The Only 2013 Tony Award Musical Numbers You Need to Know

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If you happen to have a soft spot for musical theater—or if you haven't gotten to New York this year—one of the best things about the Tonys (which are on Sunday!) is the chance to see live performances, albeit on CBS, from the nominated shows. These aren't equivalent to the performances at, say, last year's Oscars, which felt forced and out of place. No, this is what the whole damn thing is about! And this year there's a lot to be excited about. So, without further ado, here are some songs you really should get to know. 

New Musical

Matilda: "Naughty"/"When I Grow Up"
Matilda, the delightful, highly-praised British musical based on the Roald Dahl classic, has been through this before in Britain, taking top honors at the Olivier Awards in 2012. Four little girls play the title role, and at the Oliviers each got to shine as they sang the song "Naughty." The first-act number is about Matilda's acts of rebellion against her terrible parents. Though obviously sung by only one girl in the show, at the Oliviers each actress got a chance to sing. 

Another song to look out for: the second act's "When I Grow Up," which puts its ensemble on swings. 

Kinky Boots: "Everybody Say Yeah"/"Raise You Up/Just Be" 
We think you probably should know the second act's closer, "Everybody Say Yeah," from this Cyndi Lauper scored heart-warmer about a young British factory owner and the drag queen that helps save his business. You won't see it in the video below, but the number includes some impressive choreography from director Jerry Mitchell, who has the actors walking on conveyer belts. (You can hear him talk about how hard that was at the New York Times.) The song features the two nominated leads Charlie (Stark Sands) and Lola (Billy Porter) getting excited about the new boots they just created. Stay tuned to the video for the final number of the show, since who wouldn't want to show off the costumes (and legs) of Lola's backups?

Recommended Reading

Bring it On: "It's All Happening"
The cast of Bring it On—yes, it's based on that Bring it On—might want to show off a number that highlights their pop-inflected soundtrack and flashy high-flying moves like "It's All Happening."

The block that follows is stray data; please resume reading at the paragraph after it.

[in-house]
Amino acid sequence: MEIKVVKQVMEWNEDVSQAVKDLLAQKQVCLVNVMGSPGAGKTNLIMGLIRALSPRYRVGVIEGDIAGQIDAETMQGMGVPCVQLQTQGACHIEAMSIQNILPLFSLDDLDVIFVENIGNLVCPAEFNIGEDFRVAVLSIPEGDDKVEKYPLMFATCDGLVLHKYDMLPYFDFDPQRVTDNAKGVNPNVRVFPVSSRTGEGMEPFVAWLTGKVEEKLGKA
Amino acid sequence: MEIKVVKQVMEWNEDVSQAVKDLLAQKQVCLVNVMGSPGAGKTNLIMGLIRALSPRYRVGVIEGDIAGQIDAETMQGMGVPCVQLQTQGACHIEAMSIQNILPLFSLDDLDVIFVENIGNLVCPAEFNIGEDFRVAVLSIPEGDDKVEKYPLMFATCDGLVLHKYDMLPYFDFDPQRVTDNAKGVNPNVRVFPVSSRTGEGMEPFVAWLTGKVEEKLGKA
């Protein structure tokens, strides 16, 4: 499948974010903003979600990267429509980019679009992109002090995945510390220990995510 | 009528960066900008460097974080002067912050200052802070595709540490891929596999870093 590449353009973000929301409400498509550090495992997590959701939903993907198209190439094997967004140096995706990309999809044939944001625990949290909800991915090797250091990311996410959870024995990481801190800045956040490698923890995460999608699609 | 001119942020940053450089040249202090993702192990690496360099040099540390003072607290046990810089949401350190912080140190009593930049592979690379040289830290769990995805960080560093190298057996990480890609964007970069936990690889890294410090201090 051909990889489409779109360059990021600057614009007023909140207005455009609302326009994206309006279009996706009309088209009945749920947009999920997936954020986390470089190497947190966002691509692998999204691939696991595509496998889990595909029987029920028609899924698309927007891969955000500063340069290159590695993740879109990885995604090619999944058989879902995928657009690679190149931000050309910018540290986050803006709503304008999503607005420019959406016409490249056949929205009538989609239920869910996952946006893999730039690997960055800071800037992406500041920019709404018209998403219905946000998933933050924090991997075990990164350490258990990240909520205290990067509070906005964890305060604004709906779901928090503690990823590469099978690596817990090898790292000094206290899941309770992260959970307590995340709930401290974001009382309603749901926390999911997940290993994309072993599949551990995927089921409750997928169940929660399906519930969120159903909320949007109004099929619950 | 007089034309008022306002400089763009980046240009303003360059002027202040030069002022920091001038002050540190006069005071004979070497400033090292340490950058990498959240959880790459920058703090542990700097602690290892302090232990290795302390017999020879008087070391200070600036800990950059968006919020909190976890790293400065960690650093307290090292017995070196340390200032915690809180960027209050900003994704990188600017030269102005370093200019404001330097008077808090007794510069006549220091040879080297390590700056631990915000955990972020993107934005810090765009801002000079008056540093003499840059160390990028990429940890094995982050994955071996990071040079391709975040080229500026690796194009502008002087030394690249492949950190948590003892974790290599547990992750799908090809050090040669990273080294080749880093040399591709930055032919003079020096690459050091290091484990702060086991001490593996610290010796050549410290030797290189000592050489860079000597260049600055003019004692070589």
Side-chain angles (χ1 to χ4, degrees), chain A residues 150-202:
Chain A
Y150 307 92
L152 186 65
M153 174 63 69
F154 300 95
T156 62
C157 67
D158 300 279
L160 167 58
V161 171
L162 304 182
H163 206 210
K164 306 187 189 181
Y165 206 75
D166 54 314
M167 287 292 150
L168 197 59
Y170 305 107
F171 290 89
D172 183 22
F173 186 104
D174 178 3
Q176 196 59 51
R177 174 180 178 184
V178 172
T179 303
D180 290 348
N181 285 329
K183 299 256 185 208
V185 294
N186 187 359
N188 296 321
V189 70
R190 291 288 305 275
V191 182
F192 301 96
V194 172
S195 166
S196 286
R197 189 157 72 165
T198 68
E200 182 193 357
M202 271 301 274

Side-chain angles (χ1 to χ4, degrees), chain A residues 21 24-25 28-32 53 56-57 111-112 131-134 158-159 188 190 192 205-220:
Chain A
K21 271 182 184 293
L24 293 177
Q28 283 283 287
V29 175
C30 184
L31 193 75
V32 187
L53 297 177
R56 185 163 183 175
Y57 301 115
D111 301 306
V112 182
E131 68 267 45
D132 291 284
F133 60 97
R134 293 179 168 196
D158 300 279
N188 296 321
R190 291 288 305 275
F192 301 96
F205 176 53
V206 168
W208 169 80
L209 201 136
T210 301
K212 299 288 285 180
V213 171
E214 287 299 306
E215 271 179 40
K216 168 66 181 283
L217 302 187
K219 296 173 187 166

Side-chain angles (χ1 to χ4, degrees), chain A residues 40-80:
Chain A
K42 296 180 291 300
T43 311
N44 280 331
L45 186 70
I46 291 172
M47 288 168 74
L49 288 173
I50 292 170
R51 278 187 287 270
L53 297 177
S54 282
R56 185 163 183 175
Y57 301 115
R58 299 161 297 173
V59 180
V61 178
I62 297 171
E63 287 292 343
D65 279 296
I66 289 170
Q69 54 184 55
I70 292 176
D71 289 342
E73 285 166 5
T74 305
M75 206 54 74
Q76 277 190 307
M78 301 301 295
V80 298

A Christmas Story: "Ralphie to the Rescue" 
Though there's not a chance that this holiday show will walk away with the big prize, give a listen to "Ralphie to the Rescue" a number that brings together the company in the main character's western fantasy.

Musical Revival

Rogers + Hammerstein's Cinderella: "Impossible"/"Ten Minutes Ago" 
Though technically counted as a revival, this is the first time this show has ever being on Broadway. It was conceived by Rogers and Hammerstein as a television movie for Julie Andrews in 1957. There were two following television iterations, including one starring Brandy and Whitney Houston. In its current iteration, the show has a re-imagined book from Douglas Carter Beane, but the music remains the original, wonderful Rogers and Hammerstein. The cast combined the two numbers mentioned above—the first a duet between Cinderella and her godmother and the second a duet between Cinderella and her prince—on Letterman. 

Pippin: "Magic to Do"/"Corner of the Sky"
Pippin has been on the Tony stage in 1973, the same year its legendary original director Bob Fosse won a Tony, Emmy, and Oscar. We don't doubt that the revival might also trot out the famous opening number, "Magic to Do," which introduces its company of players that will act out the tale of Charlemagne's son. In the revival, the show is conceived as a circus so the song features plenty of acrobatics. Also, brush up on "Corner of the Sky," a solo for the show's lead. 

Annie: "Tomorrow" 
Come on. You probably know the numbers from this show already. Here's the latest Annie singing "Tomorrow."

The Mystery of Edwin Drood: "There You Are" 
When this whodunnit based on an unfinished Dickens novel was at the Tonys in 1986 the cast performed "There You Are." Who is to say they won't do it again, featuring Jim Norton as the show's narrator? Fast forward to the 38 second mark to get a taste. 

This article is from the archive of our partner The Wire.